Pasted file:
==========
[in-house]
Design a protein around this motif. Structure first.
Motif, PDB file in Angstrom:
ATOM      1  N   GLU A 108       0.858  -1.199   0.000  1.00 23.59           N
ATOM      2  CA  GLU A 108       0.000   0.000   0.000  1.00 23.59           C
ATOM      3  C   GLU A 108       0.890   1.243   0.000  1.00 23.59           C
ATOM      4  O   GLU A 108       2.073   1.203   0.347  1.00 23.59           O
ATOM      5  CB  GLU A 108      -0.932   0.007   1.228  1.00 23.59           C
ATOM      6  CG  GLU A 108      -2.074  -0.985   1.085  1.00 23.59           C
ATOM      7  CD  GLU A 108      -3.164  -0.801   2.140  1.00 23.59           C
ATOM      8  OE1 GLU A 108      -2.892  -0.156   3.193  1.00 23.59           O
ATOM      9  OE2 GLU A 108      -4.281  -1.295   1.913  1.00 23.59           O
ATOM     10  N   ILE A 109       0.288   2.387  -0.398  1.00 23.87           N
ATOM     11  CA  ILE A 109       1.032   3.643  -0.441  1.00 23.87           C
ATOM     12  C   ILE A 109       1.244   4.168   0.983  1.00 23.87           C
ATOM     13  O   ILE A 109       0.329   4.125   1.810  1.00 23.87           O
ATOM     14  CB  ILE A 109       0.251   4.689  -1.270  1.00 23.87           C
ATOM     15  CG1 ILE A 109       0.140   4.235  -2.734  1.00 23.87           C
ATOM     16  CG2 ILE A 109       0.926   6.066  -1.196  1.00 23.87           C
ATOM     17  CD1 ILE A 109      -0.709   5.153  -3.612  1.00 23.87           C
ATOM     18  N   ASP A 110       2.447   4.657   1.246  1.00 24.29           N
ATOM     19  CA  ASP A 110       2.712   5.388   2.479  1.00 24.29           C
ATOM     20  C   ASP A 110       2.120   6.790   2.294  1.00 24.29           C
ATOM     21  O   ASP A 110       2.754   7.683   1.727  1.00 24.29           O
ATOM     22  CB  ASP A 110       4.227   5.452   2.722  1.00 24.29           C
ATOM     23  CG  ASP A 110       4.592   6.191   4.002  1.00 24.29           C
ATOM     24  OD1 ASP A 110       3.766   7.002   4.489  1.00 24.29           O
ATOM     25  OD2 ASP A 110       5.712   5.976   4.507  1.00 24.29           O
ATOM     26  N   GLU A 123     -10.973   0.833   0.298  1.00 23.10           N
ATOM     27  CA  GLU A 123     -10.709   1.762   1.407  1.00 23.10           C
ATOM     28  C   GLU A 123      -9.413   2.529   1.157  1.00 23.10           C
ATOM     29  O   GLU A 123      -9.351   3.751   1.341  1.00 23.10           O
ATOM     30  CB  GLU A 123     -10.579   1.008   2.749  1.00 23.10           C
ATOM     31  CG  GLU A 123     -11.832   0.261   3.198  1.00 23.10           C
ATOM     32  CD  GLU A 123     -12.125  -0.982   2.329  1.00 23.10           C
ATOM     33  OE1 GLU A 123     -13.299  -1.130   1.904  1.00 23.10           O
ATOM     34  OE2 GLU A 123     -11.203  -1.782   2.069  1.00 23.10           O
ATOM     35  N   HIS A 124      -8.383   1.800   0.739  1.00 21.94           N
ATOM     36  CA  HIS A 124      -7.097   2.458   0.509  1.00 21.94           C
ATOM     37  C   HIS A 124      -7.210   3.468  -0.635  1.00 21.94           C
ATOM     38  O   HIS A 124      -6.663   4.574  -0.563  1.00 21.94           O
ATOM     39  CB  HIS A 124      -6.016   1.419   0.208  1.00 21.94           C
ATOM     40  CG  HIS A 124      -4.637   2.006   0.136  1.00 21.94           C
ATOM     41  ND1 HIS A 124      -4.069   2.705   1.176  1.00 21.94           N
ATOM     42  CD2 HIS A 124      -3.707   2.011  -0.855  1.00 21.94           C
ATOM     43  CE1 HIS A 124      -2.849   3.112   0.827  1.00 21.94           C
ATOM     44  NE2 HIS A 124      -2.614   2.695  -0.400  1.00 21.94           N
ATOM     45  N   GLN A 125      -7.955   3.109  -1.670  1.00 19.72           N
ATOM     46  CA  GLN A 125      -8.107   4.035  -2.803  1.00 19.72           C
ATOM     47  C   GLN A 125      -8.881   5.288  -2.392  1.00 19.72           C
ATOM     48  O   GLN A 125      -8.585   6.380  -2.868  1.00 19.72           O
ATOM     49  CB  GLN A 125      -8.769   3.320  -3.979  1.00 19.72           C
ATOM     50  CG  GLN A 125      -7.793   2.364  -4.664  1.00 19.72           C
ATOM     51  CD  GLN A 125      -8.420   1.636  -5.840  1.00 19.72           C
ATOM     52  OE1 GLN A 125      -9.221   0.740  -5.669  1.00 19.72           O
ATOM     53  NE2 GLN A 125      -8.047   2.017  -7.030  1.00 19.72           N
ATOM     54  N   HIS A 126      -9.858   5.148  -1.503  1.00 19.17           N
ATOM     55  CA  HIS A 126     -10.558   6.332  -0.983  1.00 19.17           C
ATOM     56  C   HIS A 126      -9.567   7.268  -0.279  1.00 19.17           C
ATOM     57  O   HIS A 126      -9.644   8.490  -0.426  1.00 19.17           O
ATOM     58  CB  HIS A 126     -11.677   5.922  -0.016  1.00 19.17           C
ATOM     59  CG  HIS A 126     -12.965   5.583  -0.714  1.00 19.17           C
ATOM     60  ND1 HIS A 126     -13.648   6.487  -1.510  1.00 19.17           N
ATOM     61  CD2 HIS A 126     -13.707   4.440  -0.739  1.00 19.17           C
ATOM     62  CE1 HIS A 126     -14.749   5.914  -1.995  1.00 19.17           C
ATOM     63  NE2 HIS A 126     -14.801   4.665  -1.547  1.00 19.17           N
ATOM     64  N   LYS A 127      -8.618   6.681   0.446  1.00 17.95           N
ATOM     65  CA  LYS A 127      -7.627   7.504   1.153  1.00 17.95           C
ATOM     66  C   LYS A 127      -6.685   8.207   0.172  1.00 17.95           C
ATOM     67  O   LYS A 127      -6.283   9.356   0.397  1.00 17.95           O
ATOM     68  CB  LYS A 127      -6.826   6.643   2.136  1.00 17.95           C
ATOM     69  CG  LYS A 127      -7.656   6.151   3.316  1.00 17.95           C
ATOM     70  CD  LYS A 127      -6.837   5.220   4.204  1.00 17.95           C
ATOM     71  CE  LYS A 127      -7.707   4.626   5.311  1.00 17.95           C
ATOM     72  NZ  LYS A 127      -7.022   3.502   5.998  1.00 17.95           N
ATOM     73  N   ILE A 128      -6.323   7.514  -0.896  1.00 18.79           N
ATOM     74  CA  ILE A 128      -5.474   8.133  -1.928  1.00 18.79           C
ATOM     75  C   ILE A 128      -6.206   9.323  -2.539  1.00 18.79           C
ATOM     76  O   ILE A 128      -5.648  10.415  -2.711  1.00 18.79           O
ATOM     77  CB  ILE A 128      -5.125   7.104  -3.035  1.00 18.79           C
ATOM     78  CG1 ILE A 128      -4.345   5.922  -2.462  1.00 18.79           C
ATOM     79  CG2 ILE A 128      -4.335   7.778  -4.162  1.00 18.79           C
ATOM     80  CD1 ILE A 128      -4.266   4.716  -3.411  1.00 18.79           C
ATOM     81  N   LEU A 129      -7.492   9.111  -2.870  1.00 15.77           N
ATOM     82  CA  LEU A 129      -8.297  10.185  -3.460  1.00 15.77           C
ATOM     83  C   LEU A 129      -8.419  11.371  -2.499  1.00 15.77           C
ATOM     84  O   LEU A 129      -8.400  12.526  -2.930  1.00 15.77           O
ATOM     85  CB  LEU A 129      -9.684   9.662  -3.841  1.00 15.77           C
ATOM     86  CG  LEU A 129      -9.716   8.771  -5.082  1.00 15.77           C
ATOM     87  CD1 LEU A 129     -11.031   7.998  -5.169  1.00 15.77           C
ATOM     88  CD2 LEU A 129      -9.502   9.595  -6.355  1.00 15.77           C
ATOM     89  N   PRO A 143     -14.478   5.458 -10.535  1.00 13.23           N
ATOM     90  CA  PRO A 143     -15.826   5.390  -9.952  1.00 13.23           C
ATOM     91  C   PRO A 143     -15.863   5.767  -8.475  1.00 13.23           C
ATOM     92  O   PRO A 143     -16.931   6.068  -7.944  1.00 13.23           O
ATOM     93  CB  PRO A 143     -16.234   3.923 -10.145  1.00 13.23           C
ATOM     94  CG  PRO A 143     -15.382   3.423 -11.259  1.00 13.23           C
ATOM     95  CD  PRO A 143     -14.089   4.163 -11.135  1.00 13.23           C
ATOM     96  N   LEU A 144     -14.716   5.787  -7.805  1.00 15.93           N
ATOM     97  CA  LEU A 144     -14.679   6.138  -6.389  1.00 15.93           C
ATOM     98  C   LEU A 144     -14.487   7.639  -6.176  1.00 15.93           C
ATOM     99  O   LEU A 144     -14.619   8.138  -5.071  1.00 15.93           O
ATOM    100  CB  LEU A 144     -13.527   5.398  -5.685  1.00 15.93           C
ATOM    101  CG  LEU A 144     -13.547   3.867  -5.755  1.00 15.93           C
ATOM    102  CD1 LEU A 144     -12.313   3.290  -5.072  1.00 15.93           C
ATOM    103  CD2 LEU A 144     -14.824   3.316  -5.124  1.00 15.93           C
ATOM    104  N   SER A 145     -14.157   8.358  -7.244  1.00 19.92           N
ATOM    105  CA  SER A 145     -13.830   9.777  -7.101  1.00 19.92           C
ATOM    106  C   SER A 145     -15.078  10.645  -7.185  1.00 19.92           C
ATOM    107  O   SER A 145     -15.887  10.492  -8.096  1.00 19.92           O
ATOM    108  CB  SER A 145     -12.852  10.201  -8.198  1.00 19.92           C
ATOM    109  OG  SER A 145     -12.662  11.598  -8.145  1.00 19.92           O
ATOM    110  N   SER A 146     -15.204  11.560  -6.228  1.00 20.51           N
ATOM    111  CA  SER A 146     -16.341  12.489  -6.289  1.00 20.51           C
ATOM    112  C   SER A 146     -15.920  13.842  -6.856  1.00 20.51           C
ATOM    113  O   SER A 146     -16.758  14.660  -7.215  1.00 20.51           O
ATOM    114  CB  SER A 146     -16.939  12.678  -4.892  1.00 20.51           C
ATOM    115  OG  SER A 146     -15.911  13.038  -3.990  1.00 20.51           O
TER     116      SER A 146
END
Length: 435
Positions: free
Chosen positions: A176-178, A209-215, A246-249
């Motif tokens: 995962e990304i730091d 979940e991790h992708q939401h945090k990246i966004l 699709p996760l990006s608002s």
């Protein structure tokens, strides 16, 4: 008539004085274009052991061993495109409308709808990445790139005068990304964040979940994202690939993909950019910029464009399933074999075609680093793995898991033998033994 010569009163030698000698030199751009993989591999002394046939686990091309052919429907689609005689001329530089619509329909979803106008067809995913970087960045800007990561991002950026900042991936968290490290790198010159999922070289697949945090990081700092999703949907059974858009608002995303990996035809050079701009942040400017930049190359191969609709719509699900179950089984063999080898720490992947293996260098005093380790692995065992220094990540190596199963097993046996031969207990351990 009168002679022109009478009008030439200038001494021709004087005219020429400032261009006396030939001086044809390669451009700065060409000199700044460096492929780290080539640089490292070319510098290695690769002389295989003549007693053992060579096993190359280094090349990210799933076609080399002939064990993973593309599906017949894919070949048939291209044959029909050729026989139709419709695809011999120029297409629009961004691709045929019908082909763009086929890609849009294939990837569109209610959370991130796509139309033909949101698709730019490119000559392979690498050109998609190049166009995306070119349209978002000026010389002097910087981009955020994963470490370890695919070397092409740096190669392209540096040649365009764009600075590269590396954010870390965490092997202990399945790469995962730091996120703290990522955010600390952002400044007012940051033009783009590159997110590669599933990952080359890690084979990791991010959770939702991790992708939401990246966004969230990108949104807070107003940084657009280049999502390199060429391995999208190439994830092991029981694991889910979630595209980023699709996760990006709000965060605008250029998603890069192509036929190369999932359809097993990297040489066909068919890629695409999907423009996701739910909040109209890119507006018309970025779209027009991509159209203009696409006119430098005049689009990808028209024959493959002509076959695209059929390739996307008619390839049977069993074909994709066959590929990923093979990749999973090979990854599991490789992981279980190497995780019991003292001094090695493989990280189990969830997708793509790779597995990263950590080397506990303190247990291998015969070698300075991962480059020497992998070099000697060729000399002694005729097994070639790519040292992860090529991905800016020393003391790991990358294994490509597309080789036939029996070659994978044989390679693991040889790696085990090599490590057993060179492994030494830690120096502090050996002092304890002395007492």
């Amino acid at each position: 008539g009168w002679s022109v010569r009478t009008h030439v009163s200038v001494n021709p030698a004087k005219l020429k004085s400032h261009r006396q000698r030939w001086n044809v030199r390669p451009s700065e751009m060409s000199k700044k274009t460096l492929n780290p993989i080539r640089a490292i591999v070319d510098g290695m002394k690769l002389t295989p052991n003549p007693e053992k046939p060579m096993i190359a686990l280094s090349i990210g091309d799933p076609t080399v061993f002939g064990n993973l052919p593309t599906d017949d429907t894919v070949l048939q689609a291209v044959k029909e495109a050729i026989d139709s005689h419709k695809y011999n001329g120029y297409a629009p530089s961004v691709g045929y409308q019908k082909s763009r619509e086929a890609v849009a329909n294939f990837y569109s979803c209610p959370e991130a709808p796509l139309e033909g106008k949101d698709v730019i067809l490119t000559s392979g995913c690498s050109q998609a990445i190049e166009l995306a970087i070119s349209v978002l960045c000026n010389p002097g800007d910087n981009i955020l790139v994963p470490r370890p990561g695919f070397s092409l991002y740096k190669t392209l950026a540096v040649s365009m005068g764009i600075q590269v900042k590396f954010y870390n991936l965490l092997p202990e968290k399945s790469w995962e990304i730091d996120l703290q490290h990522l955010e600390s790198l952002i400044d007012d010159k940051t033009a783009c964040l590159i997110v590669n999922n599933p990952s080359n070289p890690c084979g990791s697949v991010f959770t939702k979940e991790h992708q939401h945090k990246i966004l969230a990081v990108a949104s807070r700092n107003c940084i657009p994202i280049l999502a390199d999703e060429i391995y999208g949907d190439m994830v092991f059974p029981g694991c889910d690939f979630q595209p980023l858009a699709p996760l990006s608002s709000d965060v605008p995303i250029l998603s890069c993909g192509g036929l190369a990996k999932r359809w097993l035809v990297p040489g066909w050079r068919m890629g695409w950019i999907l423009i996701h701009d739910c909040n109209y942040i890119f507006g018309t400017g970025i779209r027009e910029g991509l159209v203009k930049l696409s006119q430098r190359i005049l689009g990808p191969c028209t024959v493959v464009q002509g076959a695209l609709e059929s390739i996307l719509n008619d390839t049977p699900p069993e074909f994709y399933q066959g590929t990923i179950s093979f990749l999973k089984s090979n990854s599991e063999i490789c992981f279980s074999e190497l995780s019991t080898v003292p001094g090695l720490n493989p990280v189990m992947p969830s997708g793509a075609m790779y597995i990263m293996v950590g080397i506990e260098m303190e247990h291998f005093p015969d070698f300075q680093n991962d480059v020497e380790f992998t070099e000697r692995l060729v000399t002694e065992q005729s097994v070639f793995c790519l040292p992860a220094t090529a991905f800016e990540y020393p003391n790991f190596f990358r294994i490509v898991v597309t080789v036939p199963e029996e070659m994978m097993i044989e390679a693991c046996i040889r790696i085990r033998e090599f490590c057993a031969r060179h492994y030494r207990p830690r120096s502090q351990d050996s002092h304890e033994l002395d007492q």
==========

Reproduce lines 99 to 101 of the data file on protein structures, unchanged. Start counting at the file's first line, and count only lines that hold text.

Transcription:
ATOM     96  N   LEU A 144     -14.716   5.787  -7.805  1.00 15.93           N
ATOM     97  CA  LEU A 144     -14.679   6.138  -6.389  1.00 15.93           C
ATOM     98  C   LEU A 144     -14.487   7.639  -6.176  1.00 15.93           C